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If someone behind you tapped you on the shoulder, your first response would probably be to turn around. All living organisms respond to stimuli, and plants are no exception to this rule. Since they cannot turn around, though, how would they respond to light contact with neighboring plants? Are plants in touch with their neighbors? We searched for the answer to this question.

We applied a light touch to potato plants and measured changes in their trichomes (plant’s hair), biomass distribution, and the volatile compounds they released. We also analyzed changes in plant structure, physiology, and interactions with insects.

Our results showed that plants do respond to light touch by their neighboring plants. This affects their structure in a way that makes them shorter and stockier compared to the untouched plants. Curiously, insects do not find the smell of touched plants very attractive and prefer their untouched counterparts.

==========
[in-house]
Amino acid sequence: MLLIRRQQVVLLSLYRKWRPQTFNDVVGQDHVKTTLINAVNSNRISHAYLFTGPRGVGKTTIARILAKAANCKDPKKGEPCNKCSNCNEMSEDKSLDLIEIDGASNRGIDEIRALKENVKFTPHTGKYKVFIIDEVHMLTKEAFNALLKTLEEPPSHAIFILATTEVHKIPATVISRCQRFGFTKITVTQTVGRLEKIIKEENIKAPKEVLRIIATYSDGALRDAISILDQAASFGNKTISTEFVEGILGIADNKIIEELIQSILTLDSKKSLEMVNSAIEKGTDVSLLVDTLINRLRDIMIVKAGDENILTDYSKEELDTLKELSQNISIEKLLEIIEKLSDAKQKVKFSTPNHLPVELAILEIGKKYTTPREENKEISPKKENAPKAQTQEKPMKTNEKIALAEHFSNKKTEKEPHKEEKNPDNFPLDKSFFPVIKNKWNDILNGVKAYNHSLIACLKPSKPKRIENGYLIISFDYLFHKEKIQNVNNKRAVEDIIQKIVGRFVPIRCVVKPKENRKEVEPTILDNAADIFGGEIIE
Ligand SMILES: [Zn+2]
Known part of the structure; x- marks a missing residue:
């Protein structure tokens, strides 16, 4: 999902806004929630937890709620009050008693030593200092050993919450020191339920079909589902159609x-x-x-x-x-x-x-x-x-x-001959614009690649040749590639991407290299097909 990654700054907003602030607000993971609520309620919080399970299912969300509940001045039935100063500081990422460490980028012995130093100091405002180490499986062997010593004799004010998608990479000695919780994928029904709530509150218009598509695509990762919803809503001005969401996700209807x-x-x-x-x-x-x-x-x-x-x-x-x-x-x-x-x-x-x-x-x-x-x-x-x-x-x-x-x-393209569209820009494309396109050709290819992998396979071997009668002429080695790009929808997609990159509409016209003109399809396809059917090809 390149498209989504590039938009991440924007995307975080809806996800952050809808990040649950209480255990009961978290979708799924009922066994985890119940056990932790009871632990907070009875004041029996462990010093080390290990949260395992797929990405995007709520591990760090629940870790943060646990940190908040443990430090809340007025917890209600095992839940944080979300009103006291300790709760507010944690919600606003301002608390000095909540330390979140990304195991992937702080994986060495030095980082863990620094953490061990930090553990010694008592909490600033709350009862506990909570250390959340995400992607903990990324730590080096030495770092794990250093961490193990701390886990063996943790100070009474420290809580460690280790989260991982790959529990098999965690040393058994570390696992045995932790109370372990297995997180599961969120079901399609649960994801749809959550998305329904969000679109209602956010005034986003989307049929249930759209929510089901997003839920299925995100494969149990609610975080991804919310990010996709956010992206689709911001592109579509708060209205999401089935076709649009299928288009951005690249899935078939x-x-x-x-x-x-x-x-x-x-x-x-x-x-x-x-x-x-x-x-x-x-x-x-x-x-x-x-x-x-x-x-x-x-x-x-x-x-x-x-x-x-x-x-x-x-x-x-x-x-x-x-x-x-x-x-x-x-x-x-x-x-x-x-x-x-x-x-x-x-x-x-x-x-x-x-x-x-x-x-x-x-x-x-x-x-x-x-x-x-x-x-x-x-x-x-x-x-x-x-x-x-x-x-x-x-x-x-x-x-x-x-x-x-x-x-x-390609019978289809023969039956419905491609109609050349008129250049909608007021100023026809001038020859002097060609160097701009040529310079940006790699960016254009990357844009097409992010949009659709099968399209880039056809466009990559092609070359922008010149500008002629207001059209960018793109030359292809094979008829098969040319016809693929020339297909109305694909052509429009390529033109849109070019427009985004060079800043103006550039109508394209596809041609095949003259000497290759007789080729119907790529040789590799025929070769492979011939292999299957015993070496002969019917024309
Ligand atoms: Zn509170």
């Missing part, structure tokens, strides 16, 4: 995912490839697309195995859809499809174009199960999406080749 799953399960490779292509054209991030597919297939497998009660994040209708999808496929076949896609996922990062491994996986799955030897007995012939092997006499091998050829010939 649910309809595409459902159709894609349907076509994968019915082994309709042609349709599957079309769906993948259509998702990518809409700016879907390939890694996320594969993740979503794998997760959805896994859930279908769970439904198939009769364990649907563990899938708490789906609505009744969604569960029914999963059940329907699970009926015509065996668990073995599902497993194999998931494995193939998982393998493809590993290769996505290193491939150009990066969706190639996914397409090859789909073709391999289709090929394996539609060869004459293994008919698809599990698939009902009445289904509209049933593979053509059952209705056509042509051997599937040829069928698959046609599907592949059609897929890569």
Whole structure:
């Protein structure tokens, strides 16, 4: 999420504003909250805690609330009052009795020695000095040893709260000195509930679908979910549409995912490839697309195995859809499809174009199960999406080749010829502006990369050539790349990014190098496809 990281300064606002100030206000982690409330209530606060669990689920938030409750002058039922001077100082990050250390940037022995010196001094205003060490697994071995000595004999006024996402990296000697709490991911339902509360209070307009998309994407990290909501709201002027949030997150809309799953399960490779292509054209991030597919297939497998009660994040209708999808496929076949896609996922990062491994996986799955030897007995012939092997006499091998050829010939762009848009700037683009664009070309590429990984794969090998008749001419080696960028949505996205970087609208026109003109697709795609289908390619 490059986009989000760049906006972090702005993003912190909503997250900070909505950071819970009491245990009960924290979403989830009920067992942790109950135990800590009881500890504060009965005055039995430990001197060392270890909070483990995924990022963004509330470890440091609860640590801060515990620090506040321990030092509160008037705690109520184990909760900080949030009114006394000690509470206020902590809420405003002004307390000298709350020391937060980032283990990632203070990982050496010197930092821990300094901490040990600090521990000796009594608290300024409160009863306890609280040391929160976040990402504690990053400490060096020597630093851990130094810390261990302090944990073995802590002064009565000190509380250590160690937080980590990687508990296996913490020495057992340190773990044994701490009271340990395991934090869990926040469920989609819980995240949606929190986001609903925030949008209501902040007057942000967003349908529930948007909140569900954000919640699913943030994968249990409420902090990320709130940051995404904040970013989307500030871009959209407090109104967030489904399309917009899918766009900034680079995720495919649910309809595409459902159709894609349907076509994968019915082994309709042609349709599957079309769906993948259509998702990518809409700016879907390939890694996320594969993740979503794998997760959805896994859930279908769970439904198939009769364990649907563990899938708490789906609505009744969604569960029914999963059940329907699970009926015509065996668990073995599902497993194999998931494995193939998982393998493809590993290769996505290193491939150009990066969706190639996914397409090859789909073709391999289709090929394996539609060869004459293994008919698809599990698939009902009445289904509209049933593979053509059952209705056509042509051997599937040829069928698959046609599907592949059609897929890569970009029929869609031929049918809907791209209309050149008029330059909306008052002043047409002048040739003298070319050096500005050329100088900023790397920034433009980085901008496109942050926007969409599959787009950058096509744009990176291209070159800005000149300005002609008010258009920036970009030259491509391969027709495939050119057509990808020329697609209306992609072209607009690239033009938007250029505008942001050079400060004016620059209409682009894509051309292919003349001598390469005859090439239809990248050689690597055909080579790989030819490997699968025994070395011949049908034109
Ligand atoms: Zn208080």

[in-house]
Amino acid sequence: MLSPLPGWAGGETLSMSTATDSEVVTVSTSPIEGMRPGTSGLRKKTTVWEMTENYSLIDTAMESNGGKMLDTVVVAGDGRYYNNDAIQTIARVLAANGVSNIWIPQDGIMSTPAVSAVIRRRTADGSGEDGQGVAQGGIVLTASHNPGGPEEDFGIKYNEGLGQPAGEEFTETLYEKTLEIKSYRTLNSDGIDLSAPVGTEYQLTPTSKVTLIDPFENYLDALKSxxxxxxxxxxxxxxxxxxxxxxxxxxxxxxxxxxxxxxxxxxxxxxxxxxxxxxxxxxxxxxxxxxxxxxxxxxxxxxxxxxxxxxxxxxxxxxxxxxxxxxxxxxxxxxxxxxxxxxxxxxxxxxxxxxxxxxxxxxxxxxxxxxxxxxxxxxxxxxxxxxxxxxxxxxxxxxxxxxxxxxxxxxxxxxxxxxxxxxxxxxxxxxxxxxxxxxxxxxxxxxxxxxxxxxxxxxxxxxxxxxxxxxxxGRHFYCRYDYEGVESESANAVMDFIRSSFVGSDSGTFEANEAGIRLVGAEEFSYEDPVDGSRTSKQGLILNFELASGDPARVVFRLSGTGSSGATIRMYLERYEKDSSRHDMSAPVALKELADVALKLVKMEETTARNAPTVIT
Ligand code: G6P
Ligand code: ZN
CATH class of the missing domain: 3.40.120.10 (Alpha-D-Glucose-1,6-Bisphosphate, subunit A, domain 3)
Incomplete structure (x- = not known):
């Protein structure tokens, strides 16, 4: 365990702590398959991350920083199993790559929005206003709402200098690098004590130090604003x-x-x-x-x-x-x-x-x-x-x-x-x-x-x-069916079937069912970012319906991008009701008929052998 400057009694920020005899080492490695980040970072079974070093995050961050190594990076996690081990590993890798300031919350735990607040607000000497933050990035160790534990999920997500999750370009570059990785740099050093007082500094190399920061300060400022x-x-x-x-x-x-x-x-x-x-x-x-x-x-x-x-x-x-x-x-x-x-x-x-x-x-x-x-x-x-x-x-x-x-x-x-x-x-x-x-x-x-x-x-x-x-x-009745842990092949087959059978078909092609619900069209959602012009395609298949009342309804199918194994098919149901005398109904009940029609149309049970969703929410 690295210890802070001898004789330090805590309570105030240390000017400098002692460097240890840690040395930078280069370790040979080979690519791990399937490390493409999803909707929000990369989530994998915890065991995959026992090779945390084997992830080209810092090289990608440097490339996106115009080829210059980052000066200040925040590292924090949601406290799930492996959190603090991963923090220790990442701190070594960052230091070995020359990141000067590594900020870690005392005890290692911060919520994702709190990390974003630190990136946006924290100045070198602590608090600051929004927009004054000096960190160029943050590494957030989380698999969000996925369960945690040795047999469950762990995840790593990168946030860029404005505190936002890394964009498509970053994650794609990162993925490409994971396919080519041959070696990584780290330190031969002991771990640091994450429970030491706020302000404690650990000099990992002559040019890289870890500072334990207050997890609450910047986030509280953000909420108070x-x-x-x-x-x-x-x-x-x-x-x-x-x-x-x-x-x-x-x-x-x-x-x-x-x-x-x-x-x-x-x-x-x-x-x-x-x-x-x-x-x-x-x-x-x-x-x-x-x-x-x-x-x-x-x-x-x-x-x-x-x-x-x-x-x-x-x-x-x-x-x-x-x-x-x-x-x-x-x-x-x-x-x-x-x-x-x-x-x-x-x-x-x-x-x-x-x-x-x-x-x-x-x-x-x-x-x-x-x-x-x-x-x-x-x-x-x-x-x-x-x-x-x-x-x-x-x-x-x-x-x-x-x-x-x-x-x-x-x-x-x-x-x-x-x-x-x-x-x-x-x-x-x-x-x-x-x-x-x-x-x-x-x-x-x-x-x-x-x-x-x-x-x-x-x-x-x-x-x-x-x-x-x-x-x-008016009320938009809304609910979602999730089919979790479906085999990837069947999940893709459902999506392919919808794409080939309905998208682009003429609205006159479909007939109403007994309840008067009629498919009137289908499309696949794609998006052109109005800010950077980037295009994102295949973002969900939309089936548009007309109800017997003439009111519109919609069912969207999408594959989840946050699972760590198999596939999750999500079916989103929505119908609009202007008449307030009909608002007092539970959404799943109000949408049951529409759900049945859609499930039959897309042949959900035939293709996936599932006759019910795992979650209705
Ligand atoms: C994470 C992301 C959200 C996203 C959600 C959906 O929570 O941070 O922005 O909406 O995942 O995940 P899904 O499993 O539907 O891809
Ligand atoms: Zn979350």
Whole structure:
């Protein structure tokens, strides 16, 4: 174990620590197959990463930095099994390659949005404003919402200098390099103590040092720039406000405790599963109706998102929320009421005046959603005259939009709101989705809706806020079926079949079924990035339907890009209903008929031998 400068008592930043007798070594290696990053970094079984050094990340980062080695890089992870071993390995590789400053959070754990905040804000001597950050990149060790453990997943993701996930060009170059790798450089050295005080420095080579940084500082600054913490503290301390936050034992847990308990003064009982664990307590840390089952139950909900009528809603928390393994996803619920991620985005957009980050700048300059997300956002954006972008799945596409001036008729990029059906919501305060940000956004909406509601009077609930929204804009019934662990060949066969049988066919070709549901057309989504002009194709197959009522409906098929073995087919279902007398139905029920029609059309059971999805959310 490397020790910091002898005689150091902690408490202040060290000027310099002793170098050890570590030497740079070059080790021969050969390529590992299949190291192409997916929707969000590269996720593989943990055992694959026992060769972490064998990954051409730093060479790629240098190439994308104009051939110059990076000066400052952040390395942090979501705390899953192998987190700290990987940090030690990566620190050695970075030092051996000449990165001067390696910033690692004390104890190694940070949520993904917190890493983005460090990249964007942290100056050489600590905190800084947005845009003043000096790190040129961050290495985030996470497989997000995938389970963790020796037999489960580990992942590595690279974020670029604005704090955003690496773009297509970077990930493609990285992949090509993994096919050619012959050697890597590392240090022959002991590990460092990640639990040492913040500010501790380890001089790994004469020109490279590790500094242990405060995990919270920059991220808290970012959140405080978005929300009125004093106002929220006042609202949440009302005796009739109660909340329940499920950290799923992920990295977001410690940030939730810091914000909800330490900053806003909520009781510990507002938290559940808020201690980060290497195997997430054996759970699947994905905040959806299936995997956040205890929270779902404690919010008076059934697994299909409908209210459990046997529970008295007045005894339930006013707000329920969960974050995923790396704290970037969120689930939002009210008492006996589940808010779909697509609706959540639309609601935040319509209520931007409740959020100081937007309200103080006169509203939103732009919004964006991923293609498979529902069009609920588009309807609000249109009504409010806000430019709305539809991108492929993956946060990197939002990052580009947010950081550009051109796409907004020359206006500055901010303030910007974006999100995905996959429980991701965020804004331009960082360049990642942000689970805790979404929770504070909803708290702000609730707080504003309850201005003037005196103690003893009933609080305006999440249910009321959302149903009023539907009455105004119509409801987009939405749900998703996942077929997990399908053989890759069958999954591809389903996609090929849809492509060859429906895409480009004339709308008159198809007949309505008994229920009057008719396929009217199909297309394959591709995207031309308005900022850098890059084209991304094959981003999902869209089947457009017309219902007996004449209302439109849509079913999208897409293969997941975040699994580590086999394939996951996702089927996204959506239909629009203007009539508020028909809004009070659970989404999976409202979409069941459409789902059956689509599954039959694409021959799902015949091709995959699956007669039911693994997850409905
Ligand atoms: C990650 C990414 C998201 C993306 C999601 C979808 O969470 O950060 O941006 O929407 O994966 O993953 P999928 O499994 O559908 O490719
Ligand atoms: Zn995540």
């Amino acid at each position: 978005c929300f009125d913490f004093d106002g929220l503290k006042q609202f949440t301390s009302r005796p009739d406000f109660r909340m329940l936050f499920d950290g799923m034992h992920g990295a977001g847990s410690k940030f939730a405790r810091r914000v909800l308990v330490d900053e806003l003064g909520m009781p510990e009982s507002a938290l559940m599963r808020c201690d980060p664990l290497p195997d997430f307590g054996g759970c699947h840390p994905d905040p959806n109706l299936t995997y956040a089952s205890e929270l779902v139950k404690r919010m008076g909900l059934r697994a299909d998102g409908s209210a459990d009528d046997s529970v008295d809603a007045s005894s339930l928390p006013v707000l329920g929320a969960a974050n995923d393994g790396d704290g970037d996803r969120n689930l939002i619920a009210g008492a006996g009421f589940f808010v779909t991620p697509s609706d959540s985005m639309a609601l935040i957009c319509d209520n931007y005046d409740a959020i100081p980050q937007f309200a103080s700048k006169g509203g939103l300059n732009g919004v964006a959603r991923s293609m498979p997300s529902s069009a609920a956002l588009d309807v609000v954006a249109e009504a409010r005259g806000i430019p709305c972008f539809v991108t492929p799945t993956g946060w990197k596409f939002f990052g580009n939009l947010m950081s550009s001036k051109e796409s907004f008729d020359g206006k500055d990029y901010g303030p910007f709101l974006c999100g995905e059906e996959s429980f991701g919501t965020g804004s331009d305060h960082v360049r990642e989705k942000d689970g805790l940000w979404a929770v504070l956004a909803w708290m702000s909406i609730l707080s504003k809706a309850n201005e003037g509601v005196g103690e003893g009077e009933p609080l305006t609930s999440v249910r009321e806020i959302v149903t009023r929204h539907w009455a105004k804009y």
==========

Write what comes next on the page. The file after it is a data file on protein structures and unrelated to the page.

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About this article

Reading level
Scientific topic
Key words
NGSS standards
AP Environmental science topics
IB Biology topics
Scientific methods
Type of figure
Location of research
Scientist Affiliation
Publication date
January 2017

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